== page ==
Licentiousness vs. Depravity

CrossI had a weird dream last night that sent my mind wandering as I got ready for work this morning.  I don’t remember all of the details of the dream – I seldom do – but I remember the vague feeling that the people who were around me in the dream were evil … not just mistaken or bent … but actually evil.  They weren’t doing anything violent or wicked in the dream, there was just a sense that they were deep down very evil.

Lately I’ve been reading several of C.S. Lewis’ books and essays and I can see how his constantly prevailing theme of the utter depravity of man, framed against the glorious backdrop of God’s righteousness could have metastasized into a vague dream about evil in human form.  But when I woke up and started mulling things over, I started to think about how there is a fundamental difference between the life of licentiousness and the life of depravity.

Now stay with me on this one, and please feel free to weigh in because I’m not set on these thoughts and would welcome discussion.

My initial thinking has always been that wrong is wrong (which it most certainly is … I haven’t changed my view on that one iota), but there is a difference in the person who commits wrong.  For instance, even the most squishy, freedom-advocating, grace-rolling Christian is going to say that there is a difference between a Christian person and a non-Christian person.  If a Christian doesn’t say that then ask him, “Where then is the value in Christ?  Is Christ then just another ‘great teacher’?”  If the Christian then answers in the affirmative then he doesn’t truly understand Christ at all, nor does he understand the true message of the cross.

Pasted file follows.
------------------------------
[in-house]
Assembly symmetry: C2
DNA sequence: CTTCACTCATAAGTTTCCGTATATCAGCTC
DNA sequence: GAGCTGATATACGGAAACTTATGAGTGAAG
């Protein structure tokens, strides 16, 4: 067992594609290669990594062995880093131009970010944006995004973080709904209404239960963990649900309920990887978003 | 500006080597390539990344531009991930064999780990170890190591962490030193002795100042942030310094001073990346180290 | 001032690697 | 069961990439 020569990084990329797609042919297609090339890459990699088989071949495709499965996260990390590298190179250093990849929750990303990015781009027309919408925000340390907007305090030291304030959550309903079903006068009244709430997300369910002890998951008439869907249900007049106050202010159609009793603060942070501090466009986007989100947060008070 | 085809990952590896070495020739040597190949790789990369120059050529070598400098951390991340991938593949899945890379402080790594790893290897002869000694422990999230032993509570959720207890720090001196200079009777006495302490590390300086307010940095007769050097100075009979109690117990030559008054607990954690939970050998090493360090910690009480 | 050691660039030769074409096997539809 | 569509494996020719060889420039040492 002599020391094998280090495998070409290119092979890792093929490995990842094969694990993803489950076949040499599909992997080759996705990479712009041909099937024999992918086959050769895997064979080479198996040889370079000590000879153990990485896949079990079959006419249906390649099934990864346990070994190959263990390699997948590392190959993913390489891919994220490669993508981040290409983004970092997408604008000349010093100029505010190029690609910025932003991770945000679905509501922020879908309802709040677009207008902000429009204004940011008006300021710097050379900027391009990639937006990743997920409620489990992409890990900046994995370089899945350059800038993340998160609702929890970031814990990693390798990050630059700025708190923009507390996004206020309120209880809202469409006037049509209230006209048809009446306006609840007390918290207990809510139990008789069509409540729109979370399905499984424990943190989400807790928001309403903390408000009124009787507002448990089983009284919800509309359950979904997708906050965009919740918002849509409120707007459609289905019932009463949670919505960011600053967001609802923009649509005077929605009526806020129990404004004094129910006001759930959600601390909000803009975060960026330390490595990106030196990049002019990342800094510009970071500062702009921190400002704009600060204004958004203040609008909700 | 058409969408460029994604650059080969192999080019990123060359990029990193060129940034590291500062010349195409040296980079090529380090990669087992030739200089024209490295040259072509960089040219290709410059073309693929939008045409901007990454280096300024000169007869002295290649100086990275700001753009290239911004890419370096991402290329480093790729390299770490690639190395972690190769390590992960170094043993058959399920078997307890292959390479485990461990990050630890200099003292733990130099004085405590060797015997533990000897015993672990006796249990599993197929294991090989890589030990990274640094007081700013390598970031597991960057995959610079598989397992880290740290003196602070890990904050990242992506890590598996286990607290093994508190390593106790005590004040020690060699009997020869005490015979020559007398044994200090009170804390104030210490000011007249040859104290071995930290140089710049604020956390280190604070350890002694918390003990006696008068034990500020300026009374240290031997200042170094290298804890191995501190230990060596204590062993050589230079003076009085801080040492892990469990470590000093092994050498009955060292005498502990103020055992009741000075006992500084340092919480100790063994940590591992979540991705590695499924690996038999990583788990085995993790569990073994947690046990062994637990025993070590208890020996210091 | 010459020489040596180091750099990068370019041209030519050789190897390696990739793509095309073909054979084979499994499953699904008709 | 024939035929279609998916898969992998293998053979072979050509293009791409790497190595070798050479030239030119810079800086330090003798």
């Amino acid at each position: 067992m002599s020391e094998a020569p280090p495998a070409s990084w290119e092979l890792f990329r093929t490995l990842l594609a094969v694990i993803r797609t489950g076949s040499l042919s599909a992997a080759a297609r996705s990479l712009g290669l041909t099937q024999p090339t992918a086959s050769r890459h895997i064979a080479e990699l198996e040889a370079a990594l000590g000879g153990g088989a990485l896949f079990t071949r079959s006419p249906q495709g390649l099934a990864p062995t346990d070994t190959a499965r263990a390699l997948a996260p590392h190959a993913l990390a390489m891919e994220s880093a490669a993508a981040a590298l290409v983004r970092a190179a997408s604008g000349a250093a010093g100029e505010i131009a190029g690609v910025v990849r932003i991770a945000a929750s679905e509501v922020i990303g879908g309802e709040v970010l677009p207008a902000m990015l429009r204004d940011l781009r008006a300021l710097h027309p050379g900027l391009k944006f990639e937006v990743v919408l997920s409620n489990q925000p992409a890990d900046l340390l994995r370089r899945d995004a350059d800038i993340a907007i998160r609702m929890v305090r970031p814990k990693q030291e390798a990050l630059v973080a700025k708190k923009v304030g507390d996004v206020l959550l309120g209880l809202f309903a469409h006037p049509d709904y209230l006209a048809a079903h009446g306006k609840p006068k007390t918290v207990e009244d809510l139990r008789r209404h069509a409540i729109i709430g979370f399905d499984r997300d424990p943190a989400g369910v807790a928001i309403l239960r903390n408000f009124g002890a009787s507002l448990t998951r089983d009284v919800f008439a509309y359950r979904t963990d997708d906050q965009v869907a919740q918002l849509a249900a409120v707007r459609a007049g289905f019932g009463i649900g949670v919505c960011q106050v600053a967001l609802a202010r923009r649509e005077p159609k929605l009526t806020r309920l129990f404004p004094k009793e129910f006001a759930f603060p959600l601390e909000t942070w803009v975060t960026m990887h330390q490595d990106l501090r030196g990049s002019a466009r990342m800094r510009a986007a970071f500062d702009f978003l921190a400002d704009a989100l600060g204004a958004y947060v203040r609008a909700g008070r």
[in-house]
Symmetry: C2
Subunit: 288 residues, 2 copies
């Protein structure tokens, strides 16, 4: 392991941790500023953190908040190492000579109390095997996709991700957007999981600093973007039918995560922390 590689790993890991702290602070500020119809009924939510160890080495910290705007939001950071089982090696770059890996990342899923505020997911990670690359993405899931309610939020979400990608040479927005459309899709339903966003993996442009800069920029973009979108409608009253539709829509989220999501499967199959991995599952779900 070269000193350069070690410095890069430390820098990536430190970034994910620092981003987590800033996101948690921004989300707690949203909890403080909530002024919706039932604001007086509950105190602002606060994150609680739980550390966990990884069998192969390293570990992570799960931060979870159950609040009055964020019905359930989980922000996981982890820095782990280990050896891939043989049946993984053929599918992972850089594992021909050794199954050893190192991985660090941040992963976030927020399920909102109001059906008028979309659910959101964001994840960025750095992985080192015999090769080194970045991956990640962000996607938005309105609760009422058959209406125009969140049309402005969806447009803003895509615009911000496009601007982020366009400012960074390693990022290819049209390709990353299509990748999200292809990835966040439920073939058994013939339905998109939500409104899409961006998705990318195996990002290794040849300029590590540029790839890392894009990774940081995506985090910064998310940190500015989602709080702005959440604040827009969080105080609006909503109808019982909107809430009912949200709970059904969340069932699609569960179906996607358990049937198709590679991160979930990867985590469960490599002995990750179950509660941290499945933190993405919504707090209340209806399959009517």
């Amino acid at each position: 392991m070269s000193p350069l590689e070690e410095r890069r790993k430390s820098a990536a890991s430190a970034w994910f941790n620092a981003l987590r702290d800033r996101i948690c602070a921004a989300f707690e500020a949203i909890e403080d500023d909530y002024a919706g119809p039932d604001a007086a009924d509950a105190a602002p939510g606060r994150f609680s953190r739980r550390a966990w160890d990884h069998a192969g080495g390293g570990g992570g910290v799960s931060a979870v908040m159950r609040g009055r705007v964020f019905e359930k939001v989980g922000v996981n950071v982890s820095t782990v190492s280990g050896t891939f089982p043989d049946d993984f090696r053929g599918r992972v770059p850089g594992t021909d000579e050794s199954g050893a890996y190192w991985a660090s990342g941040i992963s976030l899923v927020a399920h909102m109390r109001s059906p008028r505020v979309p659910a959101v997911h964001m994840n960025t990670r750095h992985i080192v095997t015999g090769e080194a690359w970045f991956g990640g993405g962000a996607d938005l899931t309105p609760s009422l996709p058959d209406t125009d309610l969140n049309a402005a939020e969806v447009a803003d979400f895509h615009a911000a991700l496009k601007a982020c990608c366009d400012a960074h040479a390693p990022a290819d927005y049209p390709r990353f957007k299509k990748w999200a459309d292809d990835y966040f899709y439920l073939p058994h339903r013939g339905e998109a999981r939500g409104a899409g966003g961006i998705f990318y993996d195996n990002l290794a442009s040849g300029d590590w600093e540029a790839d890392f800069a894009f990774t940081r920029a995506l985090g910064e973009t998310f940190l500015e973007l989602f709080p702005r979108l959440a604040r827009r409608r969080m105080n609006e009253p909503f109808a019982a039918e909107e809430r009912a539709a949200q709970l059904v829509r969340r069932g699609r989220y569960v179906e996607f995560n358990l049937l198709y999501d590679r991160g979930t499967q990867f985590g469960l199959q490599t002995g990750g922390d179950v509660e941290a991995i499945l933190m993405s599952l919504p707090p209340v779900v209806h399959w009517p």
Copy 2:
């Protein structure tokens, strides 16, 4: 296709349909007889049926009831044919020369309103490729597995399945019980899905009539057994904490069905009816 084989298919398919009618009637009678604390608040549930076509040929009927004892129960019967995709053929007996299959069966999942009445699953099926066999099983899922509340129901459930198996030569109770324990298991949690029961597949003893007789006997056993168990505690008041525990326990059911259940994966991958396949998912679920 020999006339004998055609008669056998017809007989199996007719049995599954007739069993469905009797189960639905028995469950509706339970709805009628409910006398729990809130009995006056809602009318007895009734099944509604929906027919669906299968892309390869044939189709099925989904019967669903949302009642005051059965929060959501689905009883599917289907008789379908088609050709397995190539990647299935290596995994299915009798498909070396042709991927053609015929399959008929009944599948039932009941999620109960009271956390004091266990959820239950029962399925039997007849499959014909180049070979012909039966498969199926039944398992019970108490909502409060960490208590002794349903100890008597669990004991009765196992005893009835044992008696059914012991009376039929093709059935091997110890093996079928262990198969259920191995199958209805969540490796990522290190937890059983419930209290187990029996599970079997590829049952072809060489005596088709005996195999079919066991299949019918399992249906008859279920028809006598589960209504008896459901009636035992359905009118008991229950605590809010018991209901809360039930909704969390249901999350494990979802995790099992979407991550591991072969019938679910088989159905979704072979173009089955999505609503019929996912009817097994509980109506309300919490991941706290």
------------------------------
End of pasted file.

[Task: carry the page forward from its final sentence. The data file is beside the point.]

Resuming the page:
The difference between a Christian and a non-Christian comes down to a fundamental belief that 1) there is a moral standard, 2) the moral standard is not created by man nor does it fluctuate according to human whim, and 3) the moral standard was created by God and communicated through His Son and His Spirit.  But this difference, massive as it is, doesn’t negate the affect of sin or the desire to sin by either person (the Christian or the non-).  Both sin through omission and commission.  Both sin intentionally and unintentionally.  But in one case the sin is not counted in the final judgment and in the other case the sin is the only thing seen.

So if there is such a glaring difference between a Christian and a non-Christian, can there be differences (however subtle) between different types of Christian and different types of non-?  In the case of the Christian, my answer would be a simple no.  For after all, isn’t there ‘neither Jew nor gentile, slave nor free, male nor female’ (Gal 3:28) within Christ?  But in the case of the non-Christian many things divide.  The main one I want to deal with here is that there is a difference in the TYPE of sin in which each one engages.  I wouldn’t argue that there is a difference in sin in and of itself – sin is sin.  Sin, no matter how big or small, if it goes un-healed, un-redeemed, un-Christ-ed (if I may create a new word), it separates us from God.  But I would argue that there is a difference in the type of sin based on the state of the sinner.

As a foundation for this thought, I mulled the idea of the “unforgivable sin” – the only sin that the Bible says God doesn’t (indeed can’t) forgive – the “blasphemy of the Holy Spirit.”  The reason this is important for this talk is that the blasphemy of the Holy Spirit is not a particular word spoken, nor is it even one, single action taken.  It is a conscious rejection of the leading of the Holy Spirit.  It is a conscious ejection of God from the human life.  It is a conscious removal of all spiritual leading, thinking and discipline.  God, in His infinite wisdom and justice, gave free will to all people and He responds with a “Let it be so done” to every heart that spurns His Spirit’s tugging and pricking through the conscience, the things seen around us and through His word.  For God to reverse the decision of a hard heart is to no longer be Himself … God is constant and just.  To reverse the decision of a hard heart is to remove free will … God doesn’t want automatons.